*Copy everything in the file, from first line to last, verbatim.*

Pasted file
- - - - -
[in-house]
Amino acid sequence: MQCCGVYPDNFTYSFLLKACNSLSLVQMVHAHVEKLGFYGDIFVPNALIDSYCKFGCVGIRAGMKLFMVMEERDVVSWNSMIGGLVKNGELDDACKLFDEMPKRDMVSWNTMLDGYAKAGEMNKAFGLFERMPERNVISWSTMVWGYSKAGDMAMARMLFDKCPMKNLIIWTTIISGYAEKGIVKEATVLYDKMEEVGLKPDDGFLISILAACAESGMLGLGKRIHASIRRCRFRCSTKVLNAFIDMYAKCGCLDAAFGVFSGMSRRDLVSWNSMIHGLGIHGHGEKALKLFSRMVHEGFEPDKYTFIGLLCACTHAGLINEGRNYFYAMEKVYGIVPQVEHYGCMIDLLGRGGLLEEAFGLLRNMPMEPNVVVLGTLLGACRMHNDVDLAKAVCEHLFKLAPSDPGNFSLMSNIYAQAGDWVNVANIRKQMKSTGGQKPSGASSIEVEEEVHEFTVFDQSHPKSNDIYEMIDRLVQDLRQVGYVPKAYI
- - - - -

[in-house]
Amino acid sequence: MQCCGVYPDNFTYSFLLKACNSLSLVQMVHAHVEKLGFYGDIFVPNALIDSYCKFGCVGIRAGMKLFMVMEERDVVSWNSMIGGLVKNGELDDACKLFDEMPKRDMVSWNTMLDGYAKAGEMNKAFGLFERMPERNVISWSTMVWGYSKAGDMAMARMLFDKCPMKNLIIWTTIISGYAEKGIVKEATVLYDKMEEVGLKPDDGFLISILAACAESGMLGLGKRIHASIRRCRFRCSTKVLNAFIDMYAKCGCLDAAFGVFSGMSRRDLVSWNSMIHGLGIHGHGEKALKLFSRMVHEGFEPDKYTFIGLLCACTHAGLINEGRNYFYAMEKVYGIVPQVEHYGCMIDLLGRGGLLEEAFGLLRNMPMEPNVVVLGTLLGACRMHNDVDLAKAVCEHLFKLAPSDPGNFSLMSNIYAQAGDWVNVANIRKQMKSTGGQKPSGASSIEVEEEVHEFTVFDQSHPKSNDIYEMIDRLVQDLRQVGYVPKAYI